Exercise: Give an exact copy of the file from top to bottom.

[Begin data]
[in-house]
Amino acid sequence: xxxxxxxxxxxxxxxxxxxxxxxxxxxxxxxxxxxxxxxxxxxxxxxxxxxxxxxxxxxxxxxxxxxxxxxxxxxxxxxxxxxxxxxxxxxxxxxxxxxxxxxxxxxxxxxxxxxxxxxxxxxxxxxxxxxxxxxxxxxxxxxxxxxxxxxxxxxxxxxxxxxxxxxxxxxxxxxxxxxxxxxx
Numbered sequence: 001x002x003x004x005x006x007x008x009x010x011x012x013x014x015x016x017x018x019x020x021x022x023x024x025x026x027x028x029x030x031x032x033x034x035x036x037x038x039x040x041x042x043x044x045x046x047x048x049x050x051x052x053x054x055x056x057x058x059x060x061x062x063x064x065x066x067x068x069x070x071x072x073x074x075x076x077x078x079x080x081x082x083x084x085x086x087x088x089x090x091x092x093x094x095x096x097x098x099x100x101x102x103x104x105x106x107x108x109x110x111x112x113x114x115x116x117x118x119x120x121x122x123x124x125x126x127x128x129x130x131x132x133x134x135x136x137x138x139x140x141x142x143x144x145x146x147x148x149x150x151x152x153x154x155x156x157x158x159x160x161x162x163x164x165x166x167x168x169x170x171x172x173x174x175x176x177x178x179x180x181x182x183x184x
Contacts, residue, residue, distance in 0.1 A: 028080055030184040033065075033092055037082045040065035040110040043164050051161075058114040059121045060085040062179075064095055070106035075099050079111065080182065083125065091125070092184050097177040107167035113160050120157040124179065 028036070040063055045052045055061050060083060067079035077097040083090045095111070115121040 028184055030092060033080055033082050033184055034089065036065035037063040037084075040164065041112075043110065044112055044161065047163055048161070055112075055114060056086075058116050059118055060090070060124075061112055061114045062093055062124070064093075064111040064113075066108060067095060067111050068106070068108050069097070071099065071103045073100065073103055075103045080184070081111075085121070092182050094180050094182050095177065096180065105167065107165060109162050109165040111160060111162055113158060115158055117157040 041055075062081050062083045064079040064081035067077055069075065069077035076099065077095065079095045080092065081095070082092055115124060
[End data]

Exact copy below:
[in-house]
Amino acid sequence: xxxxxxxxxxxxxxxxxxxxxxxxxxxxxxxxxxxxxxxxxxxxxxxxxxxxxxxxxxxxxxxxxxxxxxxxxxxxxxxxxxxxxxxxxxxxxxxxxxxxxxxxxxxxxxxxxxxxxxxxxxxxxxxxxxxxxxxxxxxxxxxxxxxxxxxxxxxxxxxxxxxxxxxxxxxxxxxxxxxxxxxx
Numbered sequence: 001x002x003x004x005x006x007x008x009x010x011x012x013x014x015x016x017x018x019x020x021x022x023x024x025x026x027x028x029x030x031x032x033x034x035x036x037x038x039x040x041x042x043x044x045x046x047x048x049x050x051x052x053x054x055x056x057x058x059x060x061x062x063x064x065x066x067x068x069x070x071x072x073x074x075x076x077x078x079x080x081x082x083x084x085x086x087x088x089x090x091x092x093x094x095x096x097x098x099x100x101x102x103x104x105x106x107x108x109x110x111x112x113x114x115x116x117x118x119x120x121x122x123x124x125x126x127x128x129x130x131x132x133x134x135x136x137x138x139x140x141x142x143x144x145x146x147x148x149x150x151x152x153x154x155x156x157x158x159x160x161x162x163x164x165x166x167x168x169x170x171x172x173x174x175x176x177x178x179x180x181x182x183x184x
Contacts, residue, residue, distance in 0.1 A: 028080055030184040033065075033092055037082045040065035040110040043164050051161075058114040059121045060085040062179075064095055070106035075099050079111065080182065083125065091125070092184050097177040107167035113160050120157040124179065 028036070040063055045052045055061050060083060067079035077097040083090045095111070115121040 028184055030092060033080055033082050033184055034089065036065035037063040037084075040164065041112075043110065044112055044161065047163055048161070055112075055114060056086075058116050059118055060090070060124075061112055061114045062093055062124070064093075064111040064113075066108060067095060067111050068106070068108050069097070071099065071103045073100065073103055075103045080184070081111075085121070092182050094180050094182050095177065096180065105167065107165060109162050109165040111160060111162055113158060115158055117157040 041055075062081050062083045064079040064081035067077055069075065069077035076099065077095065079095045080092065081095070082092055115124060